The COVID-19 pandemic has brought up tons of data questions — what information should we be collecting, what can it tell us (and what does it fail to tell us) and how should the data we use to make decisions be communicated to the public? We’ve started a new series, “COVID Convos,” that brings these questions to the forefront through interviews with the scientists and practitioners who produce and use data on COVID-19.

Each conversation will be a chance for a different scientist to highlight a dataset or data question they think is particularly important and tell us why. This edition features a conversation with Jennifer Nuzzo, an epidemiologist at the Johns Hopkins Coronavirus Resource Center, which was conducted on February 2. Our discussion, which has been condensed and lightly edited, focused on the “test positivity” metric that seems to be everywhere during a COVID surge, and what it can and can’t tell us.

Maggie Koerth: Today, we’re talking about test positivity calculations and how they’re used and misused. I want to start things off by reminding all of our readers — and maybe myself — of what exactly test positivity rates even are. 

Jennifer Nuzzo: When we started tracking test positivity, we did so exclusively to answer the question, “Are we testing enough?” If you remember back to the beginning of the pandemic, there were all these stories about how many thousands of tests we were doing per day. There were all these proposals out there for how many tests the United States needed to be doing. And they literally ranged from the tens of thousands to the tens of millions. And we were like, “Well, which one is it?”

The more my colleagues and I thought about it, we realized that the amount of testing we would have to do would change based on how many infections we think are current. The closest that we could come to getting at that (with the data that were available at the time) was positivity. Initially, the only thing we could do was to look at the number of positive cases versus the number of tests. And we just looked at that ratio.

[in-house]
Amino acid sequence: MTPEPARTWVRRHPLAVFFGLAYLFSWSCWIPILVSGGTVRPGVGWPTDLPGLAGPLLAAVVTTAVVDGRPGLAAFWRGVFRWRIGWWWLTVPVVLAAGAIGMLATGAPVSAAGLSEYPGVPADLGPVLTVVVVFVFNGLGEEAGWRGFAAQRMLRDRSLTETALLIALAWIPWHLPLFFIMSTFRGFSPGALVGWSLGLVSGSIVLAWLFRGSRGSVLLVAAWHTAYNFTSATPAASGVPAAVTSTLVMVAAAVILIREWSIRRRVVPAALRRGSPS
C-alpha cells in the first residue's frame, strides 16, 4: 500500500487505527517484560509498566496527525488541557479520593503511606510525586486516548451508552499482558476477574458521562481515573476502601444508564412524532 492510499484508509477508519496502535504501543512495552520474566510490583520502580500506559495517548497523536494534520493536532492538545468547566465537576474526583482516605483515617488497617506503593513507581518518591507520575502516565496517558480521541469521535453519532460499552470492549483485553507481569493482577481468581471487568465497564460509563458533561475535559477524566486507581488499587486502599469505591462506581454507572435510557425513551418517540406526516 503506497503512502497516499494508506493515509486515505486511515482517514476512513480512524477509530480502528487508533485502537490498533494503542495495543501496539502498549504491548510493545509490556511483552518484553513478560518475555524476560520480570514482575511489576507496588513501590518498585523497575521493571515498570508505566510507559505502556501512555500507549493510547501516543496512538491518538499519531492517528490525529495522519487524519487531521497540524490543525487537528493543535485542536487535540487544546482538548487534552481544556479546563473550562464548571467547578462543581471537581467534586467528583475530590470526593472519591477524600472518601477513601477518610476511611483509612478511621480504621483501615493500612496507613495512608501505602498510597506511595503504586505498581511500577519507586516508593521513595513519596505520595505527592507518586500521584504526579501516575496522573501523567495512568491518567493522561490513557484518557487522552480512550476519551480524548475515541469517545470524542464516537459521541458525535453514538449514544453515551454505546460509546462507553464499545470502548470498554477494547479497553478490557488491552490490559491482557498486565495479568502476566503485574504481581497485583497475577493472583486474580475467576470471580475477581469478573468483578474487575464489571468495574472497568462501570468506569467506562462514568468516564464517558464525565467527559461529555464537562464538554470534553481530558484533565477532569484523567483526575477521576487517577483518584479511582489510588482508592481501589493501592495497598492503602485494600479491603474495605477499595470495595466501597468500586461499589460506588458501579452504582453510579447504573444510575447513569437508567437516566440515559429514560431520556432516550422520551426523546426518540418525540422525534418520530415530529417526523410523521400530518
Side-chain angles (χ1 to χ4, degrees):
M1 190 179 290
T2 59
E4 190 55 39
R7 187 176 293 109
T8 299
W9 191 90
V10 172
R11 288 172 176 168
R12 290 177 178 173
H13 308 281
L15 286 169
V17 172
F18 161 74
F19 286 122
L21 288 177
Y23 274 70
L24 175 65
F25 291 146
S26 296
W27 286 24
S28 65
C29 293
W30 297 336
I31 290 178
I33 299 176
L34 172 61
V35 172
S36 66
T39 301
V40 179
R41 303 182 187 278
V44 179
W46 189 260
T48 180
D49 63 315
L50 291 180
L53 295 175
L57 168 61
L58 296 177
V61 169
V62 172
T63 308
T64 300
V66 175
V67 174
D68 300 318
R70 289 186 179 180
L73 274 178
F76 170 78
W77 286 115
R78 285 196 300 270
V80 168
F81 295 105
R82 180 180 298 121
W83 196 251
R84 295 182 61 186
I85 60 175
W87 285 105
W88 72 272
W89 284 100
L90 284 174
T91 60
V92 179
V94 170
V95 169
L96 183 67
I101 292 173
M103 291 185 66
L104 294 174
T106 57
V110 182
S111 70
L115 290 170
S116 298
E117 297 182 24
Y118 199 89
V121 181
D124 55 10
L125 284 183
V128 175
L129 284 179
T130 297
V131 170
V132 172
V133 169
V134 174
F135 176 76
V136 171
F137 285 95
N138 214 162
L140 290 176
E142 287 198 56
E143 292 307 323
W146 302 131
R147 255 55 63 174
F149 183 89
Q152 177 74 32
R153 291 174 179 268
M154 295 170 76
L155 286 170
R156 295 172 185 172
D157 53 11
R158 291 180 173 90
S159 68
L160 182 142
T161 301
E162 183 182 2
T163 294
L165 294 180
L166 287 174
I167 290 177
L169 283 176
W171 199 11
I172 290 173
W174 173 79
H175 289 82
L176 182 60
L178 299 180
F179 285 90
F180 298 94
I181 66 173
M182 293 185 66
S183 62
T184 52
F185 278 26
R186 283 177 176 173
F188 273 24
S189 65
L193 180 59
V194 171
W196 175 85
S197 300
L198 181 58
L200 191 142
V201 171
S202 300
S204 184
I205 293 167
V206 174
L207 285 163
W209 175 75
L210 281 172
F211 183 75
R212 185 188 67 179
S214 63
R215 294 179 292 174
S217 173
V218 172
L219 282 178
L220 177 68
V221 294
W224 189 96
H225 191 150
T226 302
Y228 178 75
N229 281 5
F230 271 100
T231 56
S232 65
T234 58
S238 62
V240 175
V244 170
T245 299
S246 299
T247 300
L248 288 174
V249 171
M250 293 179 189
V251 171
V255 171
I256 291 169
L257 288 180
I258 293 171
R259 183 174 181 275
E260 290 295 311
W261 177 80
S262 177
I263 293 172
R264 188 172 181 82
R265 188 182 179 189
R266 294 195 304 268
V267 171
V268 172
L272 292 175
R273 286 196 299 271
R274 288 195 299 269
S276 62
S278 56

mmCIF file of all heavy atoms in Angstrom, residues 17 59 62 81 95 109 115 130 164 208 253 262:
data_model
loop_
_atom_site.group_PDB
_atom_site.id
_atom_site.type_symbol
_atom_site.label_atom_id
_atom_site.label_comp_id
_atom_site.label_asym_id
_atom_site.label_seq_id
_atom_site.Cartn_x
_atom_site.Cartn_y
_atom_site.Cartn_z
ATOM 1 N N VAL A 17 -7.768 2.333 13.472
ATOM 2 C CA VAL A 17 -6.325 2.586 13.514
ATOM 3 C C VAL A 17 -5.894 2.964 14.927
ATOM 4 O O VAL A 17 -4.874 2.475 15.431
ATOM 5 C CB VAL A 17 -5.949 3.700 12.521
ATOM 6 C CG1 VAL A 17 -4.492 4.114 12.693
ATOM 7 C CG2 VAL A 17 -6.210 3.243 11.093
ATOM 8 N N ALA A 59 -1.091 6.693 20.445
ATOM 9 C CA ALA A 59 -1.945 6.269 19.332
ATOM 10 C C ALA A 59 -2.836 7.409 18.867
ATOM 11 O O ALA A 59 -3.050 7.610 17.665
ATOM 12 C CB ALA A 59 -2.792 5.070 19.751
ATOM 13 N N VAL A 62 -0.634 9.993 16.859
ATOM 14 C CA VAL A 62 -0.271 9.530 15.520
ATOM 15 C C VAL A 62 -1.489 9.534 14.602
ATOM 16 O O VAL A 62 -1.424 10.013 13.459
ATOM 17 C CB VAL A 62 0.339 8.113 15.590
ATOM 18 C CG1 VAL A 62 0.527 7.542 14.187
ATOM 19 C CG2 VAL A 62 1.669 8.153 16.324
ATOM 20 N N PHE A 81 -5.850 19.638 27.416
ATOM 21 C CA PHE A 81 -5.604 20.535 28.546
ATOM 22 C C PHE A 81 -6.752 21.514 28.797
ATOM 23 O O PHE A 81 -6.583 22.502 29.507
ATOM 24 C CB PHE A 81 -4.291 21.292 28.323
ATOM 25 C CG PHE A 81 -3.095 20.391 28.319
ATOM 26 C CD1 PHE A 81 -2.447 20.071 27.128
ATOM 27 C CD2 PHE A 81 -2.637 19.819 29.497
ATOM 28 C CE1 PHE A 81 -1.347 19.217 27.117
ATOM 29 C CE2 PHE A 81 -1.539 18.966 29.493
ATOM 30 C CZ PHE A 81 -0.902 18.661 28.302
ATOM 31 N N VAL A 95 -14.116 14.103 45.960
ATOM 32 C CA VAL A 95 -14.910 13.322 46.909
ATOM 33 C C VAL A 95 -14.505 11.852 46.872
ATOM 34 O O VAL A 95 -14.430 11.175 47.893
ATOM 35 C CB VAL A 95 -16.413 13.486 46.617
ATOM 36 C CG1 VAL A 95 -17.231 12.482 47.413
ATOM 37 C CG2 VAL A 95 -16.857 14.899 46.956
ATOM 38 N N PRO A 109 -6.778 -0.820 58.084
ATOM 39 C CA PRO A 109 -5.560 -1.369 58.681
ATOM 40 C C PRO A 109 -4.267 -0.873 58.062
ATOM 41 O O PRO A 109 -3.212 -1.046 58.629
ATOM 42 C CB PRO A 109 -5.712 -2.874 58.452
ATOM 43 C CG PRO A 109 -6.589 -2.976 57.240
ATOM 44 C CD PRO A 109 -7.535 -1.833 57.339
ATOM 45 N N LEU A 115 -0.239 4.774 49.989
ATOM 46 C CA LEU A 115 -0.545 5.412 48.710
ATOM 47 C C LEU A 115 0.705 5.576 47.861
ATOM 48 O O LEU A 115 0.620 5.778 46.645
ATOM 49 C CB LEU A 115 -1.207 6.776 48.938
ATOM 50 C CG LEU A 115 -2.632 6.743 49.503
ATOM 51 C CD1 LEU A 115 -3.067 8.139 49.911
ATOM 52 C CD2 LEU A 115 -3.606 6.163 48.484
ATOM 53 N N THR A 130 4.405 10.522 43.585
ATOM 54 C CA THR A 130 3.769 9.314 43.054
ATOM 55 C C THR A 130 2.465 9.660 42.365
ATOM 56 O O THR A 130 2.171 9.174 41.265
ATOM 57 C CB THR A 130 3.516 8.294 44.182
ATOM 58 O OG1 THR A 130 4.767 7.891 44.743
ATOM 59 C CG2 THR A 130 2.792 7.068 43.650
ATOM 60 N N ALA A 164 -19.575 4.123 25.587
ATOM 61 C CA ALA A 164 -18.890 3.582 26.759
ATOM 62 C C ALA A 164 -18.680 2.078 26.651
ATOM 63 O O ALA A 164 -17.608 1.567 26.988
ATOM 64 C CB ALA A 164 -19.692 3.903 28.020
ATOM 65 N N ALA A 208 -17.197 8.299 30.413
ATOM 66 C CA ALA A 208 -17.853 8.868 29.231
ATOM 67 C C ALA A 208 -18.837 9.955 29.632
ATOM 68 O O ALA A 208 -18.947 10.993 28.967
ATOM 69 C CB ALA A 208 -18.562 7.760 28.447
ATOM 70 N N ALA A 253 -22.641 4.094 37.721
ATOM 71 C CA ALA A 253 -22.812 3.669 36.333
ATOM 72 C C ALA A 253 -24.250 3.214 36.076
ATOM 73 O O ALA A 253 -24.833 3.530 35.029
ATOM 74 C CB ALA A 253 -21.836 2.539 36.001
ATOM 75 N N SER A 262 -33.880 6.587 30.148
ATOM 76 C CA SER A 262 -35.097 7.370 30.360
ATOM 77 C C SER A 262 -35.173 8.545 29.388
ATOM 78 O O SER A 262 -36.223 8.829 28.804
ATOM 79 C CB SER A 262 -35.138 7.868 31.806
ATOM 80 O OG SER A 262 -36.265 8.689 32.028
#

It became clear that the positivity rate was better than counting the numbers of tests because there are places like Taiwan where the number of tests they were doing was very low, but they also, for a long period of time, had under 500 total cases. At some point, you run out of people to reasonably test if your prevalence of infection is so low.

Really this was to answer the question, “Are we testing enough?” — not to do a backdoor calculation of prevalence, because you can get a different positivity rate depending on who you test. And at various points in the pandemic, the people who were getting tested were different. They still are. Positivity, unfortunately, became misinterpreted as a proxy for prevalence, but it never was.

Read the full article about COVID-19 cases by Maggie Koerth at FiveThirtyEight.